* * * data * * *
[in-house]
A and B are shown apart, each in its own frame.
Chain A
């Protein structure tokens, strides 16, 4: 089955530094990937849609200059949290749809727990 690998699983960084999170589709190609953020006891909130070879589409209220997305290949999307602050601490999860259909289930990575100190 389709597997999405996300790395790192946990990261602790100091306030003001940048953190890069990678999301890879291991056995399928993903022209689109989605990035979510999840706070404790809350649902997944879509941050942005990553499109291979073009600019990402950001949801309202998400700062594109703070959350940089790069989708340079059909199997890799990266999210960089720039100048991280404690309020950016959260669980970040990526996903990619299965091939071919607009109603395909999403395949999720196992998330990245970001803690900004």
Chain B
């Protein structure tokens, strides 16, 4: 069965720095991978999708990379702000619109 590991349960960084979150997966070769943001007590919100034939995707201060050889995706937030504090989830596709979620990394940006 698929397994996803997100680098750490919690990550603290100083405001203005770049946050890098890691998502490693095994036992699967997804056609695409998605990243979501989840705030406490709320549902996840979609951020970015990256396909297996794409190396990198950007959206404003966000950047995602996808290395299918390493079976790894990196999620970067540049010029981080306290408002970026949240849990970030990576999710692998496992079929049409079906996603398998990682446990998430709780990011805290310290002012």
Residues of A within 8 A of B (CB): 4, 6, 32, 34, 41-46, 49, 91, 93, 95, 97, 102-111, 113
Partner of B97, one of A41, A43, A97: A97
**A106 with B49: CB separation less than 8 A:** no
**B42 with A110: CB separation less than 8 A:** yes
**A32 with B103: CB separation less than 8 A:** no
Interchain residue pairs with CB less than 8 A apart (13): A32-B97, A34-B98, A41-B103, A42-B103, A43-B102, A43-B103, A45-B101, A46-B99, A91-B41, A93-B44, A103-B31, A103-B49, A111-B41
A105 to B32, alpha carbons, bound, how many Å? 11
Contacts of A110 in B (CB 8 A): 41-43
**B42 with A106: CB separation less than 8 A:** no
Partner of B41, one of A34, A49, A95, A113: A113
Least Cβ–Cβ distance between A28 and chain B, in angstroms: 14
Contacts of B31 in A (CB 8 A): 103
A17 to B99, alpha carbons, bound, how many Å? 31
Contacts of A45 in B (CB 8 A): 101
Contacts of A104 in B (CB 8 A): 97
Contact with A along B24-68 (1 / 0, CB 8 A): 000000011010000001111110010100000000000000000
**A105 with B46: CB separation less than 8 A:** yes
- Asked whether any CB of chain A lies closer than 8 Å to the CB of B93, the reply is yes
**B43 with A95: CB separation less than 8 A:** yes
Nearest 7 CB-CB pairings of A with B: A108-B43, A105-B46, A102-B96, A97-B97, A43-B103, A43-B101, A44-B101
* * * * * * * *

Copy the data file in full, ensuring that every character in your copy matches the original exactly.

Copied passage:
[in-house]
A and B are shown apart, each in its own frame.
Chain A
């Protein structure tokens, strides 16, 4: 089955530094990937849609200059949290749809727990 690998699983960084999170589709190609953020006891909130070879589409209220997305290949999307602050601490999860259909289930990575100190 389709597997999405996300790395790192946990990261602790100091306030003001940048953190890069990678999301890879291991056995399928993903022209689109989605990035979510999840706070404790809350649902997944879509941050942005990553499109291979073009600019990402950001949801309202998400700062594109703070959350940089790069989708340079059909199997890799990266999210960089720039100048991280404690309020950016959260669980970040990526996903990619299965091939071919607009109603395909999403395949999720196992998330990245970001803690900004």
Chain B
């Protein structure tokens, strides 16, 4: 069965720095991978999708990379702000619109 590991349960960084979150997966070769943001007590919100034939995707201060050889995706937030504090989830596709979620990394940006 698929397994996803997100680098750490919690990550603290100083405001203005770049946050890098890691998502490693095994036992699967997804056609695409998605990243979501989840705030406490709320549902996840979609951020970015990256396909297996794409190396990198950007959206404003966000950047995602996808290395299918390493079976790894990196999620970067540049010029981080306290408002970026949240849990970030990576999710692998496992079929049409079906996603398998990682446990998430709780990011805290310290002012």
Residues of A within 8 A of B (CB): 4, 6, 32, 34, 41-46, 49, 91, 93, 95, 97, 102-111, 113
Partner of B97, one of A41, A43, A97: A97
**A106 with B49: CB separation less than 8 A:** no
**B42 with A110: CB separation less than 8 A:** yes
**A32 with B103: CB separation less than 8 A:** no
Interchain residue pairs with CB less than 8 A apart (13): A32-B97, A34-B98, A41-B103, A42-B103, A43-B102, A43-B103, A45-B101, A46-B99, A91-B41, A93-B44, A103-B31, A103-B49, A111-B41
A105 to B32, alpha carbons, bound, how many Å? 11
Contacts of A110 in B (CB 8 A): 41-43
**B42 with A106: CB separation less than 8 A:** no
Partner of B41, one of A34, A49, A95, A113: A113
Least Cβ–Cβ distance between A28 and chain B, in angstroms: 14
Contacts of B31 in A (CB 8 A): 103
A17 to B99, alpha carbons, bound, how many Å? 31
Contacts of A45 in B (CB 8 A): 101
Contacts of A104 in B (CB 8 A): 97
Contact with A along B24-68 (1 / 0, CB 8 A): 000000011010000001111110010100000000000000000
**A105 with B46: CB separation less than 8 A:** yes
- Asked whether any CB of chain A lies closer than 8 Å to the CB of B93, the reply is yes
**B43 with A95: CB separation less than 8 A:** yes
Nearest 7 CB-CB pairings of A with B: A108-B43, A105-B46, A102-B96, A97-B97, A43-B103, A43-B101, A44-B101